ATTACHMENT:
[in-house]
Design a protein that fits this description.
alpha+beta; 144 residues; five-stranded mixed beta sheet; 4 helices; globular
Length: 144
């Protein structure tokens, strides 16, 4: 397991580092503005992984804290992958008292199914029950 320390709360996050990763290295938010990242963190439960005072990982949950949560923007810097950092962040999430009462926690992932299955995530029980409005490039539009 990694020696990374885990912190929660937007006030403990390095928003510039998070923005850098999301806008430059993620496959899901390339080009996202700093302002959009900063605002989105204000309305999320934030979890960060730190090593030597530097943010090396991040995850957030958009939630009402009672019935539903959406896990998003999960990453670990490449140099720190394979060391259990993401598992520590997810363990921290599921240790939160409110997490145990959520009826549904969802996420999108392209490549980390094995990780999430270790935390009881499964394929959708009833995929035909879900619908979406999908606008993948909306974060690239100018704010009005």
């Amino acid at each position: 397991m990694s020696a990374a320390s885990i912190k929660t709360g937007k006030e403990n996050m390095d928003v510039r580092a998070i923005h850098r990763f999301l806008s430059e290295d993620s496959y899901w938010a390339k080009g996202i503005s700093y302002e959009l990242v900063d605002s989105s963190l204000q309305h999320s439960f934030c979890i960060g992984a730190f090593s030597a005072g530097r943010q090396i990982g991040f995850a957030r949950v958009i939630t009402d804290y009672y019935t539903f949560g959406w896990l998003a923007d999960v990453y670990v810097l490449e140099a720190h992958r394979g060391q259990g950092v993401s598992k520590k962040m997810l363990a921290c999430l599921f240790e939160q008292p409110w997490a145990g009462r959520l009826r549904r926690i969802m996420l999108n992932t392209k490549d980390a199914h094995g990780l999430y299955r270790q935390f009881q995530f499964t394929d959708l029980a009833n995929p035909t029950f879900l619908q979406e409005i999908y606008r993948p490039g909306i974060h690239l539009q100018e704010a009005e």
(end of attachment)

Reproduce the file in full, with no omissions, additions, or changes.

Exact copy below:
[in-house]
Design a protein that fits this description.
alpha+beta; 144 residues; five-stranded mixed beta sheet; 4 helices; globular
Length: 144
């Protein structure tokens, strides 16, 4: 397991580092503005992984804290992958008292199914029950 320390709360996050990763290295938010990242963190439960005072990982949950949560923007810097950092962040999430009462926690992932299955995530029980409005490039539009 990694020696990374885990912190929660937007006030403990390095928003510039998070923005850098999301806008430059993620496959899901390339080009996202700093302002959009900063605002989105204000309305999320934030979890960060730190090593030597530097943010090396991040995850957030958009939630009402009672019935539903959406896990998003999960990453670990490449140099720190394979060391259990993401598992520590997810363990921290599921240790939160409110997490145990959520009826549904969802996420999108392209490549980390094995990780999430270790935390009881499964394929959708009833995929035909879900619908979406999908606008993948909306974060690239100018704010009005």
């Amino acid at each position: 397991m990694s020696a990374a320390s885990i912190k929660t709360g937007k006030e403990n996050m390095d928003v510039r580092a998070i923005h850098r990763f999301l806008s430059e290295d993620s496959y899901w938010a390339k080009g996202i503005s700093y302002e959009l990242v900063d605002s989105s963190l204000q309305h999320s439960f934030c979890i960060g992984a730190f090593s030597a005072g530097r943010q090396i990982g991040f995850a957030r949950v958009i939630t009402d804290y009672y019935t539903f949560g959406w896990l998003a923007d999960v990453y670990v810097l490449e140099a720190h992958r394979g060391q259990g950092v993401s598992k520590k962040m997810l363990a921290c999430l599921f240790e939160q008292p409110w997490a145990g009462r959520l009826r549904r926690i969802m996420l999108n992932t392209k490549d980390a199914h094995g990780l999430y299955r270790q935390f009881q995530f499964t394929d959708l029980a009833n995929p035909t029950f879900l619908q979406e409005i999908y606008r993948p490039g909306i974060h690239l539009q100018e704010a009005e």